PrEP Before and After Sex Worked as Well as Daily PrEP in Preventing HIV, New Study Finds

Jean-Michel Molina presents interim results from the Prévenir study at the 2018 International AIDS Conference in Amsterdam, the Netherlands.
Kenyon Farrow

People who took HIV pre-exposure prophylaxis (PrEP) "on demand" -- that is, before and after sex -- were just as likely to prevent HIV infection as people who took PrEP once a day, according to interim results of a study presented at the 22nd International AIDS Conference (AIDS 2018) on July 25. The findings are particularly important for men who have sex with men (MSM), who comprised nearly 99% of the people recruited for the study. Currently, the U.S. Food & Drug Administration (FDA) has only approved PrEP as a once-daily pill.

The interim data were presented by the study's lead author, Jean-Michel Molina, M.D., Ph.D., a professor of infectious diseases at University of Paris Diderot. (The study name, Prévenir, is French for "prevent.") Molina and colleagues enrolled participants and gave them the option of utilizing either the daily or the "on-demand" dosing method for PrEP, with the opportunity to change strategies at any time. The study ultimately aims to enroll 3,000 people in the Paris metropolitan region; these interim results included roughly 1,600 people. Approximately 55% of the participants chose the on-demand option.

At this point in the three-year observational trial stage (May 2017-May 2020), there have been no new HIV infections in either arm of the trial, Molina reported.

"That's remarkable," declared Molina. "[The study] shows that the incidence of HIV in this cohort is zero ... averting 85 new infections." The study also has so far yielded a very low rate of volunteers who were lost to follow up or who discontinued their participation, and the number of adverse events did not differ significantly between the two arms. Data on sexually transmitted infection acquisition was not presented; however, 20% of participants reported consistent condom use.

On-demand PrEP, also referred to as intermittent or pericoital PrEP, requires the user to take "2 pills of Truvada [tenofovir/emtricitabine] within 24 to 2 hours prior first sexual intercourse, then 1 pill every 24 hours during the period of sexual activity with one pill after the last sexual intercourse, and one last pill 24 hours later," according to the listing for the Prévenir study.

The effectiveness of this regimen of PrEP dosing was previously demonstrated in the IPERGAY study, which was halted prematurely due to a clear, significant reduction in HIV incidence among men who have sex with men (MSM).

Even though it will be another two years before the full results of this study can be revealed, the interm results, along with prior research, have already had an impact on guidelines for PrEP. Several health bodies, including the French government, now support on-demand PrEP as a viable option for HIV prevention, and the International Antiviral Society-USA (IAS-USA) officially endorsed this regimen as an "alternative to daily PrEP for MSM with infrequent sexual exposures" in its newly updated antiretroviral guidelines. This endorsement may have a great impact on PrEP uptake and continued PrEP usage in the U.S., should the FDA and Centers for Disease Control and Prevention (CDC) also update their guidelines for prescribing PrEP.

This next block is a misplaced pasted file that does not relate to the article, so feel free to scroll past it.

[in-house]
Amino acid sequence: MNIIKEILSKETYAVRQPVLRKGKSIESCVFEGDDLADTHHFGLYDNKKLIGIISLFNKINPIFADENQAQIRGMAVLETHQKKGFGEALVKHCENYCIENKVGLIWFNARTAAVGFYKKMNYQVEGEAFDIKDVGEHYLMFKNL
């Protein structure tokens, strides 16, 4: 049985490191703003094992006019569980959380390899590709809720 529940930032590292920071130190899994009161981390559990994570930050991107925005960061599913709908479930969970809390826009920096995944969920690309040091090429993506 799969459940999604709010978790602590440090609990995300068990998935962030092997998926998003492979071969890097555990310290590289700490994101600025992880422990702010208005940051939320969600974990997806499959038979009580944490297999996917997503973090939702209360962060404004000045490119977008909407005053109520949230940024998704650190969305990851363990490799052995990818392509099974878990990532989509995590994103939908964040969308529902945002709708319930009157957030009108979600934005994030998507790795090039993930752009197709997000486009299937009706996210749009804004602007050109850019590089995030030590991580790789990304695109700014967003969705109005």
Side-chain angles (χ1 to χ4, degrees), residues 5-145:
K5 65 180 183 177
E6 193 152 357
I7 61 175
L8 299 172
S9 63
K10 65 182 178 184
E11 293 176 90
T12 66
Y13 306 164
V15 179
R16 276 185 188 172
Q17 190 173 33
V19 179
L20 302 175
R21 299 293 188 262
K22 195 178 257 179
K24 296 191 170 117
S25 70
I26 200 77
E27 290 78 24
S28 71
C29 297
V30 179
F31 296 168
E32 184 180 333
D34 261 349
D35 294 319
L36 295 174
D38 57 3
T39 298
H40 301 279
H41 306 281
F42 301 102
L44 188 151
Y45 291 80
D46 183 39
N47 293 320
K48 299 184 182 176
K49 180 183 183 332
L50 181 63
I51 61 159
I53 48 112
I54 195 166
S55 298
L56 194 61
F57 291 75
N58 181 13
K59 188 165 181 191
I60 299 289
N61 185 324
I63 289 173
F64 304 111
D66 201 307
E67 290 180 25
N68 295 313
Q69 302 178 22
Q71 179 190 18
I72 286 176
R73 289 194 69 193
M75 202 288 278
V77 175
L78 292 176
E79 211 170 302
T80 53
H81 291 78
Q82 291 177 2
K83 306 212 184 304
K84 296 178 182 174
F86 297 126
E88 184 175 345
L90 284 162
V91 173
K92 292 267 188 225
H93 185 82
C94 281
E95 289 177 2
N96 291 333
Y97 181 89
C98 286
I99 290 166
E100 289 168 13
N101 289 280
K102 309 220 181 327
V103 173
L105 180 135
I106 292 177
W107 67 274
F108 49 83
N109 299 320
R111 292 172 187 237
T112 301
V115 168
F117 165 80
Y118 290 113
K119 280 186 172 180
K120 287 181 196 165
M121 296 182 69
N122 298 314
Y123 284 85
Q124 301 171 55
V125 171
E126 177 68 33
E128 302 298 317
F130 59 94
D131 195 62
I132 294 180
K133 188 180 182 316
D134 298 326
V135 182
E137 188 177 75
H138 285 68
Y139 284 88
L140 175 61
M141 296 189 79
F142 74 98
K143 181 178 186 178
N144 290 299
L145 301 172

"The evidence for on-demand dosing of PrEP among gay and bisexual men is strong, and includes randomized clinical trials and carefully monitored clinical practice," Robert M. Grant, M.D., a professor of medicine at the University of California at San Francisco and the chief investigator on iPrEX, one of the initial major clinical trials that showed PrEP to be efficacious at preventing HIV infections, said. "The new IAS-USA guideline is welcome, and will encourage a greater diversity of men to consider PrEP among the ways to enjoy sex and avoid infection."

Earlier this year, the CDC released data showing that only 3% of Latinx and 1% of black people in America who could potentially benefit from PrEP have actually been prescribed the drug. In addition, PrEP use among gay and bisexual men, cisgender women, and transgender men and women of color is low.

Recent studies have explored factors that would help women in the U.S. South and transgender women access PrEP. However, those studies were based on the current daily PrEP guidelines -- and some say there are other challenges to making PrEP more accessible than the dosing frequency, even for MSM. "We are still far from reaching the number of people who need to be on PrEP in order to have significant impact on the [HIV] epidemic among MSM," Molina said.

Other experts agree with Molina's sentiment. "That's great that there is support for PrEP on demand, but we will still need to advocate for the policy changes that improve overall access to PrEP services, especially for key populations [and] black gay communities throughout the United States, said Christopher Hucks-Ortiz, M.P.H., who chairs the Black Caucus of the HIV Prevention Trials Network (HPTN). "Unfortunately, too many in our community are either still unaware about the existence of PrEP, or unaware that it could a good option for them. Even still, this is great news for HIV prevention in the United States."